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How Meloni’s Italy is expanding its role in European space programmes

Italy Space
Meloni is signalling trust in the space industry, with larger contributions (and more weight) in the EU’s programmes, explained the head of the Italian Space Agency. It also signed an agreement with Berlin and Paris on smaller launchers and funding – to better compete with rivals

Italy looks at the stars. The European Space Agency’s Ministerial Conference ended today, and Italy confirmed its heft and importance within the organisation. Rome officially joined forces with Berlin and Paris to build European launchers. And two young Italians – Anthea Comellini and Andrea Patassi – officially joined the ranks of the new class of ESA astronauts.

Bigger budgets. European nations agreed to up their space to nearly 17 billion for the 2023-2025 period, a 17% increase. ESA Director-General Josef Aschbachter called it a “significant achievement,” given the economic junction. Italy, for its part, reconfirmed its position as the third-largest contributor to the tune of €3 billion.

  • The head of the Italian Space Agency, Giorgio Saccoccia, told our sister site the event had been “a complete package, an enabler for industrial imperatives” – even for smaller companies, which “will no longer have to be mere suppliers or subcontractors of the big ones but will assume mission leadership.”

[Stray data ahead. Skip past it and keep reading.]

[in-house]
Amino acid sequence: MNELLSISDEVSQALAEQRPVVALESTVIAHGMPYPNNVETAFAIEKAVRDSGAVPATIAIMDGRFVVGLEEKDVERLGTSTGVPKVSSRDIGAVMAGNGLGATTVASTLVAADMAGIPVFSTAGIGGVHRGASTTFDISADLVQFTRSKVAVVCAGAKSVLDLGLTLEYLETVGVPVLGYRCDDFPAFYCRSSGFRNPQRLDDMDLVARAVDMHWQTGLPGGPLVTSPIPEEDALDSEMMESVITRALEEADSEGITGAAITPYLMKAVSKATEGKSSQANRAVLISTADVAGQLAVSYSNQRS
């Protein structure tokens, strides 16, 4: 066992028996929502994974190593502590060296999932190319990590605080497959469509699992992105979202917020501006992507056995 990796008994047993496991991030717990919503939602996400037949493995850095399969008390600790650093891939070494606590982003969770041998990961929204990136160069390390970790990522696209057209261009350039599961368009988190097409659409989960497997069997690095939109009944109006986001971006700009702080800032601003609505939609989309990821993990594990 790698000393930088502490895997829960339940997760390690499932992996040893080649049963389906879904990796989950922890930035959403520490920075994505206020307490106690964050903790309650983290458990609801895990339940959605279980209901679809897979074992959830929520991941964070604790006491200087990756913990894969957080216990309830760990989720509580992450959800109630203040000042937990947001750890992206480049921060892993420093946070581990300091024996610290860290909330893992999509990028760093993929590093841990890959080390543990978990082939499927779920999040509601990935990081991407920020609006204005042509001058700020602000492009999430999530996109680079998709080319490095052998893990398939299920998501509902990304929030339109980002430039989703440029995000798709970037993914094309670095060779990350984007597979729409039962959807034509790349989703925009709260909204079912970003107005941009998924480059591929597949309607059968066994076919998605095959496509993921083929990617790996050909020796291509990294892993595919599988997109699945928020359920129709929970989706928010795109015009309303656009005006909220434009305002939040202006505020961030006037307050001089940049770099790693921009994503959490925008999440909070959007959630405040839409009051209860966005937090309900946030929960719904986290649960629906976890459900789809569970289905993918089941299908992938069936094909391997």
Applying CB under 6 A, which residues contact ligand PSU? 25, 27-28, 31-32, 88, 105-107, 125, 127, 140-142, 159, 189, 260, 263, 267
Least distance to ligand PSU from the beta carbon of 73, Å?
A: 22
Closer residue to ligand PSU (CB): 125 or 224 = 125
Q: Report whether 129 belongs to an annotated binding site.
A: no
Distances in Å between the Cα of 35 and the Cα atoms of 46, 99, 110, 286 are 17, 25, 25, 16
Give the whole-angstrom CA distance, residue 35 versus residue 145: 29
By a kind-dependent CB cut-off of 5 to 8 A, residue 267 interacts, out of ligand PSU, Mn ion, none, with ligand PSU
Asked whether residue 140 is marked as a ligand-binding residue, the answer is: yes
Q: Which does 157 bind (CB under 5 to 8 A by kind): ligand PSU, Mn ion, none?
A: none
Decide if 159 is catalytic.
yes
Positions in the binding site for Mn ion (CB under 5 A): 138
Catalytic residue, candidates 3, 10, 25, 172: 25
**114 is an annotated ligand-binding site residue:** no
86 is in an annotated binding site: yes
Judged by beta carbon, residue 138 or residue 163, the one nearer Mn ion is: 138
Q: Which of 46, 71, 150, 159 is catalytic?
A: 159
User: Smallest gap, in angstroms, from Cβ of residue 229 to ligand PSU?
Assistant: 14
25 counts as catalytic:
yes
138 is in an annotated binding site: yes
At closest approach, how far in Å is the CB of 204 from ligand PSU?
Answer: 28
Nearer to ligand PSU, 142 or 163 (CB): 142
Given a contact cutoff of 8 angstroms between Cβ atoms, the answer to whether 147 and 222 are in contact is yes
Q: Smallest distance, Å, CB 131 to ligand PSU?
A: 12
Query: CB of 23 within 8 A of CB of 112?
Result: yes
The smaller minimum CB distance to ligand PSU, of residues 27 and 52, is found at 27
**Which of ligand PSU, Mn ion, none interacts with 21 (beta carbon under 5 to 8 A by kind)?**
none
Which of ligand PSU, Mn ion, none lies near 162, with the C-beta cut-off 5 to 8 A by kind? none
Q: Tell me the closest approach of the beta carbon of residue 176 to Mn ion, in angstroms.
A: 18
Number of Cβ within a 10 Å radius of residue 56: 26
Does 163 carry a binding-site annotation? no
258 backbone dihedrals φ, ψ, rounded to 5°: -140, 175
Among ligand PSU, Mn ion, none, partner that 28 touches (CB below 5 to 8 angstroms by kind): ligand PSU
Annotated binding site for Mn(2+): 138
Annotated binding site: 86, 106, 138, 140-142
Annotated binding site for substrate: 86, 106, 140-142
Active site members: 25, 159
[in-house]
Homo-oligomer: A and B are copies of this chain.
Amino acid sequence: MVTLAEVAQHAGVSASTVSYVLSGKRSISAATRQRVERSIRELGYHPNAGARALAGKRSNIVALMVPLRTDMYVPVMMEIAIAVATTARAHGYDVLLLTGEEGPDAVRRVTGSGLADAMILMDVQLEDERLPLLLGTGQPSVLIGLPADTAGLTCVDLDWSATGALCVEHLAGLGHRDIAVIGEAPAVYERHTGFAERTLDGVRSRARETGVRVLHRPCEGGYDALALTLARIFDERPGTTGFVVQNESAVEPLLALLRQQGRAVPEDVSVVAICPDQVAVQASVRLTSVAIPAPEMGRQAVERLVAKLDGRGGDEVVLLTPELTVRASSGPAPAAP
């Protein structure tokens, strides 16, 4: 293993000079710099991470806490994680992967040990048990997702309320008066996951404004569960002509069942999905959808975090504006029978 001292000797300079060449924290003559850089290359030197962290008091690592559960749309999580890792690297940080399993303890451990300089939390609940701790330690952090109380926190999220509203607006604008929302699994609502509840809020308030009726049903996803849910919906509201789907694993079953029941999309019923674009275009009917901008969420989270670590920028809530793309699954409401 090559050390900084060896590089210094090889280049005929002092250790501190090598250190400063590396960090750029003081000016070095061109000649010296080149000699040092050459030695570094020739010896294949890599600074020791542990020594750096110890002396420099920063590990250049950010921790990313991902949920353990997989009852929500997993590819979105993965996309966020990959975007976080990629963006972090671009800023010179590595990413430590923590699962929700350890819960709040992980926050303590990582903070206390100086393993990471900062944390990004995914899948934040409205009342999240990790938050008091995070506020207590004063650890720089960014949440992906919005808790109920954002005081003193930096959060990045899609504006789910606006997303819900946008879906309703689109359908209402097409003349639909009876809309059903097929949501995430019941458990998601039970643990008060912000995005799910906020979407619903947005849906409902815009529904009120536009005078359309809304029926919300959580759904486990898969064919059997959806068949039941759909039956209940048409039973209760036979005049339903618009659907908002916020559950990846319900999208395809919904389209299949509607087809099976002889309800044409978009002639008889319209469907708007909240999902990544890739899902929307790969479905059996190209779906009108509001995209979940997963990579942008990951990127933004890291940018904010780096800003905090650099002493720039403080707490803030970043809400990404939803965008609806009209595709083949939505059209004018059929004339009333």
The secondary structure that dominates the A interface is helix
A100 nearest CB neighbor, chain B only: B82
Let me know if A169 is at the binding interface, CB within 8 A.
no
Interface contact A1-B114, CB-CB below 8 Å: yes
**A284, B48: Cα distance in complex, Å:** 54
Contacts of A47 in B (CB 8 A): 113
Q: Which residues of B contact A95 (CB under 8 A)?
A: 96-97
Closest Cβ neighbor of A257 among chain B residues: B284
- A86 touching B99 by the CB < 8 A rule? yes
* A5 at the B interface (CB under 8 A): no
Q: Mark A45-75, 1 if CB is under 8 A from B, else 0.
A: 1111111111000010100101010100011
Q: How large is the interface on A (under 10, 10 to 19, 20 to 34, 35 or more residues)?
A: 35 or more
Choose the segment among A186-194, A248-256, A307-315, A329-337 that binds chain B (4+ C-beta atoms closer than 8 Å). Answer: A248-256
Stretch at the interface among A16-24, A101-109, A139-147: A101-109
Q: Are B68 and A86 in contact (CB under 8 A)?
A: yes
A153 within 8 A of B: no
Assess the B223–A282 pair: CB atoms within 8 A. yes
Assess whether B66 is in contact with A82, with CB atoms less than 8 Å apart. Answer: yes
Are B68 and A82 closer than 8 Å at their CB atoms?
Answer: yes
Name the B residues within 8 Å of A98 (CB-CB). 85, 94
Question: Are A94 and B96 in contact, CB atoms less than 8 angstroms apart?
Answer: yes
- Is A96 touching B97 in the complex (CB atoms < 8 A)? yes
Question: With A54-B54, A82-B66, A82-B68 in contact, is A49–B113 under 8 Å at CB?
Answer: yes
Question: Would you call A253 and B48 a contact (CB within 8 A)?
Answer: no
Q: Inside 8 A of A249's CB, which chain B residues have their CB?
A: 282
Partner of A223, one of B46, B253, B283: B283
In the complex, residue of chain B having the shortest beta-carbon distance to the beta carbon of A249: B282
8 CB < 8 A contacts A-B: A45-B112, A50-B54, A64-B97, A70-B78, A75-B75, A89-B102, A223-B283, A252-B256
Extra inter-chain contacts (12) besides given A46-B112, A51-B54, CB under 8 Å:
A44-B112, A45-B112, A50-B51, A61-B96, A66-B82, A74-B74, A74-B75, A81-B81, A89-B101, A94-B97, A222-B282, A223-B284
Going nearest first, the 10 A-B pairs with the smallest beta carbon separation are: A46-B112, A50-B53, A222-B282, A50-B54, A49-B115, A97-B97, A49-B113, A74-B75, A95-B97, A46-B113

• Now Rome may expand its reach in key programmes, he explained. Italy is now on equal footing with Germany on exploration (think Mars), and it also “started to significantly finance the lunar lander, future missions on Earth observation, and the Copernicus programme,” as well as the Moonlight navigation programme for lunar communications – “an absolute novelty.”

European launchers (and the trilateral powerhouse). On Tuesday, at the conference’s sidelines, Business Minister Adolfo Urso signed a groundbreaking joint declaration with France’s Bruno Le Maire and Germany’s Robert Habeck. Its objectives are kickstarting a new generation of small launchers and reviewing the EU’s funding rules to compete better with China and the USA.

  • The Italian described his talks with his French counterpart as “long, cordial, and at the same time frank and concrete.” He also noted that the Quirinal Treaty (the year-old bilateral agreement between Rome and Paris) allowed the two countries to start bilateral talks immediately.
  • A similar (if less comprehensive and more focussed) agreement between Germany and Italy is in the works, though it’s been delayed by this year’s emergencies.
  • That so-called “Action Plan” would complete the triangle between the EU’s most important economies – and its potential has just been showcased by the European launchers agreement. A trilateral meeting has already been scheduled for December 2.

Meloni’s encouragement. Italy’s significantly increased participation is a clear signal of the new government’s attention for the space sector – along with the country’s industry, which encompasses launchers, Earth observation, human and robotic exploration, and a multitude of SME suppliers.

Image: Paolo Nespoli via Twitter

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